shoreline after fire

Paddling Woodland Caribou Provincial Park after a forest fire

Today’s post comes from Kristiana Wilson, Assistant Park Superintendent at Woodland Caribou Provincial Park

2021 was quite the fire season in Ontario.

Last year alone, approximately 55% of Woodland Caribou Provincial Park burned due to natural forest fires.

The park is no stranger to forest fires — fire is key for regeneration in the boreal forest.

Still, when most people think of picturesque park landscapes, they typically don’t think of park areas that have been burned.

We’re here to change any preconceived ideas you have about travelling through large burns and share some tips to make your next post forest fire park paddling trip a little easier!

Watching for wildlife

Although it may be tricky travelling through a recent burn, it is an experience like no other that provides you with a little extra challenge on your adventure.

A tall flowering plant with light purple petals blooming off a single stem

You’ll see growth of alders and plants such as Bluebead Lily and the purple colour of Fireweed as the forest regenerates.

You’ll be greeted with ample opportunities to view wildlife, including species that visit immediately following fire events, like Black Backed and Three-Toed Woodpeckers.

Several years post-burn, you may even be lucky enough to see Moose munching on new shrubs!

A moose with new antlers growing in. He is standing in front of brown grass and looking off camera.

Seeing green

One thing to keep in mind is that fires don’t always burn evenly across the landscape. You may be able to travel through a recent burn that still has a lot of green patches of forest.

You might also find a portage trail that is burnt only on one side or a completely green campsite you didn’t expect!

This all depends on the intensity of the fire.

ground post burn

Surface fires burn the plants beneath the forest canopy, but typically do not kill mature trees. You’ll be able to camp in these mature forests soon after a fire.

Although the first year or two following a burn can make for tricky navigation, (especially if crews haven’t visited the trails yet) there are things you can do to ease your travels.

 Get familiar with your route

A park’s canoe route map is your first step to nailing down your chosen route.

From there, a topographic map can help you pinpoint the details of your route, including where portages start and end.

person portaging canoe

Keep in mind that portages usually follow the easiest route.

Look for straight pathways between trees. Lining up these straight-aways with natural openings in the forest may give you hints that a path was once there.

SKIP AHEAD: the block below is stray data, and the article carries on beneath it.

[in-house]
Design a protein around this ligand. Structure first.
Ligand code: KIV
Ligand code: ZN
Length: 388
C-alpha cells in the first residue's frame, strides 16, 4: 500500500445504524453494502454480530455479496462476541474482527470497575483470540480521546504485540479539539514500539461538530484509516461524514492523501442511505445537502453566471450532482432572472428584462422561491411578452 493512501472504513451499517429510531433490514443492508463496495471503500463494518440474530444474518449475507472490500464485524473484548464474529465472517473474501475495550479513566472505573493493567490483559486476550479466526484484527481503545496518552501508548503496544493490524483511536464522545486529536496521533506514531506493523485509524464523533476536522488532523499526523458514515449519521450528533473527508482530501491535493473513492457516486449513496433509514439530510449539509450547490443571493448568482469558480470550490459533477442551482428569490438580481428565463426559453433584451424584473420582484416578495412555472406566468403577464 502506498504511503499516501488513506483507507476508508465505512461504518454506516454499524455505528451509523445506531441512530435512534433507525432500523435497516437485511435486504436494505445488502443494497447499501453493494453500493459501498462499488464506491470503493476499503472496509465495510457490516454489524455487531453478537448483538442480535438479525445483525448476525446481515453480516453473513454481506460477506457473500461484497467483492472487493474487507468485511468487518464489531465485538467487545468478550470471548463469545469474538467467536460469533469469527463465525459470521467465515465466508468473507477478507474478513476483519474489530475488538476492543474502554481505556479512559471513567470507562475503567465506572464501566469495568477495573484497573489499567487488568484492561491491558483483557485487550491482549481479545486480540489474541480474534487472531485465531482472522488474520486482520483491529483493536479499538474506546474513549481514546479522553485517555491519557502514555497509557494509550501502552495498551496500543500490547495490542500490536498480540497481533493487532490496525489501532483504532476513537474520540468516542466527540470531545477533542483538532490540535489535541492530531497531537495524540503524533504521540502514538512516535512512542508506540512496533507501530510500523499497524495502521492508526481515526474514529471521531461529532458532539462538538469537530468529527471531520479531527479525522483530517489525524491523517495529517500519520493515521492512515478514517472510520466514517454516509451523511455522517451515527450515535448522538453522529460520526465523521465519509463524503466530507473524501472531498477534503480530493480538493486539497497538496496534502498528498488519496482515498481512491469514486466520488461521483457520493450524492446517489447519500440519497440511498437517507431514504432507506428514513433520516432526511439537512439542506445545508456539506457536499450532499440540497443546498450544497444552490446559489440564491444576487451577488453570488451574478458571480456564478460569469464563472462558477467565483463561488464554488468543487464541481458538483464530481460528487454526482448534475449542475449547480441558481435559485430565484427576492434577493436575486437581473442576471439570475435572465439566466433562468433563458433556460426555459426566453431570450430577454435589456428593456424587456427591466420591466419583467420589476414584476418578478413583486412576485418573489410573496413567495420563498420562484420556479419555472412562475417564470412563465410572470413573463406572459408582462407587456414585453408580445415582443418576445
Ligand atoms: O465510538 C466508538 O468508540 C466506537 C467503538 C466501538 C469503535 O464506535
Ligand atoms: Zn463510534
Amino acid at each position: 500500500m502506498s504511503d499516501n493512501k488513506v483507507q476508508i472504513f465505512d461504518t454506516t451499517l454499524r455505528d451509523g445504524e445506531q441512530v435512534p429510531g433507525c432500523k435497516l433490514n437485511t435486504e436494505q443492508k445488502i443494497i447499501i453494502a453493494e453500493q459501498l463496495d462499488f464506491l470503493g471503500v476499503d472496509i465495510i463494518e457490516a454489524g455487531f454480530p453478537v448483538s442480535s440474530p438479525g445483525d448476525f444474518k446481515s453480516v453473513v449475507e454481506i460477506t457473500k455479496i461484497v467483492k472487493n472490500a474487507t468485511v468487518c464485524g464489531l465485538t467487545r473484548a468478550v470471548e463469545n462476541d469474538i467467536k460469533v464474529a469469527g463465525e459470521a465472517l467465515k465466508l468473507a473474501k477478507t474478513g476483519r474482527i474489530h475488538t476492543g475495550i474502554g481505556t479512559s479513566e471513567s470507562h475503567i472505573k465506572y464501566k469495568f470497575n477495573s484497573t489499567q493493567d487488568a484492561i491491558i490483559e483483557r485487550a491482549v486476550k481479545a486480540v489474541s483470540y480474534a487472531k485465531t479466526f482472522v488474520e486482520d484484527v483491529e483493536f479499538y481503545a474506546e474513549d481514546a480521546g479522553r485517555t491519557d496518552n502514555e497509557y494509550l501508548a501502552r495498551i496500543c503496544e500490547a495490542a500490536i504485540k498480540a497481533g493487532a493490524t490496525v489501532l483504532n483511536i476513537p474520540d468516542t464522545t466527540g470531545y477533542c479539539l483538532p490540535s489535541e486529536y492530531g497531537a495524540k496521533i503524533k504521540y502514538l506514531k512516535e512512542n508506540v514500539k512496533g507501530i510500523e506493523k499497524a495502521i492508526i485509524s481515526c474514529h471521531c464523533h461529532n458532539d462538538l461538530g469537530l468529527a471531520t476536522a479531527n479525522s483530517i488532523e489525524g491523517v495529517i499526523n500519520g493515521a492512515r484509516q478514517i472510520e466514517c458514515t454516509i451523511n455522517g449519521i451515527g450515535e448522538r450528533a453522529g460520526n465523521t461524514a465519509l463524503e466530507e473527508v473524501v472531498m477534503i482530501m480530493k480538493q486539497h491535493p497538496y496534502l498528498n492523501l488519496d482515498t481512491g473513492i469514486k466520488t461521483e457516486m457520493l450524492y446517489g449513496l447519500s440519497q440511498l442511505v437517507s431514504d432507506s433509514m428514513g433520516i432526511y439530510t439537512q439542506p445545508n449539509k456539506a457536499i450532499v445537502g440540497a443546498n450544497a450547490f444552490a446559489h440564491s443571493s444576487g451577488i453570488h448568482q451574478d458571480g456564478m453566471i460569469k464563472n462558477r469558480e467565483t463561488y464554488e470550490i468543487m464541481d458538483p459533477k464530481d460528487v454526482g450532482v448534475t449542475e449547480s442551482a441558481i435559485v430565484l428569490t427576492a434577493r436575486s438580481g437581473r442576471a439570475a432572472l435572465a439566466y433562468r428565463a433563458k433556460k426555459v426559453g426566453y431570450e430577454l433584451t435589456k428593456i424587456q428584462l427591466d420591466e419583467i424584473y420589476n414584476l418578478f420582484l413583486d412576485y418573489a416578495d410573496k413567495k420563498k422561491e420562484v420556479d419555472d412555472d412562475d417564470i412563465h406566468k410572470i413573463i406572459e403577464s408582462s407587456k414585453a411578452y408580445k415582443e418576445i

A GPS is also a handy tool for tracking down those harder to find portages!

Look down!

Once you’re on a trail, there will be subtle hints along the way that will help guide you.

When the ground gets compacted from traffic, the portage path may not actually burn.

This isn’t always the case, but there are other clues you can keep an eye out for as well.

canoe on campsite

If much of the forest ground litter has burned away, traces of the last park portage crew’s work in the area may still be found to help you out.

When a tree has fallen over the trail in the past and has been cleared away, you’ll see a cut stump or end of a log on either side of the portage. Although the wood burns, often the crisp edge of a chainsaw cut is still visible.

Look to the ground for signs of cutting and walk between the two cut edges — you’ve found a portage!

Rock cairns and flagging tape

Although our portage routes are normally marked with tree blazes, park staff sometimes need to use rock cairns or flagging tape to temporarily identify portage routes after a burn.

This is necessary where burned trees will likely fall over with time leaving much more exposed bedrock to navigate.

Keep an eye out for these trail markers. They will help guide you when the path gets tricky or unclear.

Look up!

Whether you’re on the trail or on your campsite, always be aware of your surroundings.

Avoid camping under burned trees and branches that may fall on you. Even a little burn in the root system can compromise a tree, making it unsafe.

tent on campsite
Campsite on Jester Lake

Be aware when travelling on portages, especially on windy days.

Always choose your campsites and travel routes wisely.

A more serene experience

Often after a park has experienced a forest fire, visitors may be reluctant to return right away.

This means that you may well encounter fewer people during your travels in the park.

moose antlers

Planning a trip post-fire will enable you to not only witness the wonders of nature regenerating itself, but also provides an added amount of solitude during your trip.

Want to learn more?

Visit our Woodland Caribou Trip Planner Blog for current park conditions.

Contact park staff at 807-727-1329 or for pre-trip to assistance with your post-forest fire trip planning.

A forest fire burn can be a beautiful thing!

Whether you’re planning a post-forest fire trip to Woodland Caribou or another wilderness park, we hope these tricks will help you navigate your way through any recently burned areas of the park.

There is an unspoken beauty to travelling through a park’s recent burn — we hope you visit soon!

Woodland Caribou Provincial Park’s closest access point (Johnson Lake) is located approximately 34 km northwest of Red Lake, Ontario.